The Pulitzer Foundation for the Arts opened a new exhibit Friday, February 14 exploring the evolving life of art. “Art of Its Own Making” features the work of more than 11 artists and is on display now until August 20.
“This is a show that looks at the interplay between viewers, artworks and the environment – how does one affect the other?” Pulitzer director Kristina Van Dyke said.
For example, Edith Dekyndt’s work, “Ground Control” is a big black ball filled with helium that reacts to viewers. The more people in the room with it, the higher the ball rises.
Last week, the St. Louis Symphony Orchestra took over the Pulitzer Foundation for the Arts.
That symphony musicians play at the Pulitzer is not news. Ensembles have been bringing new works to the Grand Center neighbor for some time. But this time it was the entire orchestra and the work was a major piece by an American composer that had not be presented in this country before.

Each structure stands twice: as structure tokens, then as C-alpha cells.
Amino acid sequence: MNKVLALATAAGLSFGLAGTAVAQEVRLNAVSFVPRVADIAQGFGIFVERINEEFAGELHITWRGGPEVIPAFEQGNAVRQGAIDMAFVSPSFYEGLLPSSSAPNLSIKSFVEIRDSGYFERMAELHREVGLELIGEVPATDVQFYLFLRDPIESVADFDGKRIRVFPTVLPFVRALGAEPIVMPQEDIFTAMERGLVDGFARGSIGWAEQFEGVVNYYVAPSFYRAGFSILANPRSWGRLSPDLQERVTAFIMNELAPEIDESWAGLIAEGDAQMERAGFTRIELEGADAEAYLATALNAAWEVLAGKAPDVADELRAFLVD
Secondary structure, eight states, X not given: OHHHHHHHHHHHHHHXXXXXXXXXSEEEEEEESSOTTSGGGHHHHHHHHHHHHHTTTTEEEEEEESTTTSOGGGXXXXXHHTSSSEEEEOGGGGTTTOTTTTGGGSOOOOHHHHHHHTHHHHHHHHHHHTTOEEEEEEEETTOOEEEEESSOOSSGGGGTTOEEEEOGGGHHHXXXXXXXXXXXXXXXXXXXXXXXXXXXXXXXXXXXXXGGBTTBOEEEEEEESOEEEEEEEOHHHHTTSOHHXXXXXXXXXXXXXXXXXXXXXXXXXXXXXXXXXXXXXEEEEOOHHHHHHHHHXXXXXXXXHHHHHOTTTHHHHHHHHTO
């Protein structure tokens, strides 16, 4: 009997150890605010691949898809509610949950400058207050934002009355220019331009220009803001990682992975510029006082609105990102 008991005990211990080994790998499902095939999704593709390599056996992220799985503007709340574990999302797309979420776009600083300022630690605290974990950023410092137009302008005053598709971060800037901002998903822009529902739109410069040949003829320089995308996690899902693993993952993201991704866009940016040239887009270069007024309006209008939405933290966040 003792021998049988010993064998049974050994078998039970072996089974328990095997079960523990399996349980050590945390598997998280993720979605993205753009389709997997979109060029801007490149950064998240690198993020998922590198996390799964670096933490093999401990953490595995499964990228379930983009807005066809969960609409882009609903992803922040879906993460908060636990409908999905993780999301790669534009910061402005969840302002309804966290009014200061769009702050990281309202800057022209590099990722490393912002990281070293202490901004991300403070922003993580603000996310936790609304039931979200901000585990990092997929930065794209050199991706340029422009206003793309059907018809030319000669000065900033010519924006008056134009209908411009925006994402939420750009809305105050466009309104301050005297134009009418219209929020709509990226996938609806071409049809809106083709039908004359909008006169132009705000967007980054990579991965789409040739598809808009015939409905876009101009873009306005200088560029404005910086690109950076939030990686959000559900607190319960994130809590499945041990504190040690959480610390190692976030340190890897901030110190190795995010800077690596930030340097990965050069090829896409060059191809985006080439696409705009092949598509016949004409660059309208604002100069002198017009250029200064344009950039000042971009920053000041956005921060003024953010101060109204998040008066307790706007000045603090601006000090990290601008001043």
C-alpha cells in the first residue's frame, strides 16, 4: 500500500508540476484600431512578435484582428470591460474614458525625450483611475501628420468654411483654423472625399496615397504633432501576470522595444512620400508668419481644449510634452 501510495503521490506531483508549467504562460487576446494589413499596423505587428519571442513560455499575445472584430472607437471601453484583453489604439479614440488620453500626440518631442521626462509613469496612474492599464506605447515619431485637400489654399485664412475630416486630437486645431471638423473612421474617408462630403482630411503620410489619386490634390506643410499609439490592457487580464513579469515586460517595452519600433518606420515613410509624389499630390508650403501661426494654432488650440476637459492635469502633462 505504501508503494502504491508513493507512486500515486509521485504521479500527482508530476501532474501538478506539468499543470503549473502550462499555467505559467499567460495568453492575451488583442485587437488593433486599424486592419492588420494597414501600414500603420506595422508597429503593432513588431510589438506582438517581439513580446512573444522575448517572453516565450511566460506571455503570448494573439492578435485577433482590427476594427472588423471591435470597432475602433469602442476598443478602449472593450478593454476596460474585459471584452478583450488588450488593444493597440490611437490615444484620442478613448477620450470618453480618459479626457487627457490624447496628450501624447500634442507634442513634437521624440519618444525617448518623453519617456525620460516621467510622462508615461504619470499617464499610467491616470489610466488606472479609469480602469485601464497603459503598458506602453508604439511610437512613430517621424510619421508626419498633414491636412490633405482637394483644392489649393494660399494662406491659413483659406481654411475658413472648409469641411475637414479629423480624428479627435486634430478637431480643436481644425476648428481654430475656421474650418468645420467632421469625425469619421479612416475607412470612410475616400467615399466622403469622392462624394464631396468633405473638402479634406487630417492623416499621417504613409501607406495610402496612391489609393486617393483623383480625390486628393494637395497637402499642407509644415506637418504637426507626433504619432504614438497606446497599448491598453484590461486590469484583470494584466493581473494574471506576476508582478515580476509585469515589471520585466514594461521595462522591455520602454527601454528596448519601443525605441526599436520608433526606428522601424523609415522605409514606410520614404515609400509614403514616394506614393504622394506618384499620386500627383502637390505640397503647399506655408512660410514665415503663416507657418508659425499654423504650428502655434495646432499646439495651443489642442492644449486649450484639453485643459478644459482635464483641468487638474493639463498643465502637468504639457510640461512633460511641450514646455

On any given weekend, you can follow the show tunes and Beyonce beats to a drag performance in St. Louis.
But on Saturday, Jan. 25 and for the next several months, drag moves beyond the bar scene. The art and history of drag will be in the spotlight at PHD art gallery, the Missouri History Museum and the Pulitzer Foundation for the Arts in Grand Center.
A project designed as a bridge across Delmar Boulevard begins construction this week and should be in place in early February. It's a contemporary concept with a low-tech twist: hand-delivered letters.
Host Steve Potter talks with Marjorie Cohn about her book on the art collection of Joseph Pulitzer, Jr. The book is called Classic Modern: The Art Worlds of Joseph Pulitzer, Jr. Pulitzer, Jr. carried on the family business in St. Louis but he also built one of the greatest private art collections of the 20th century.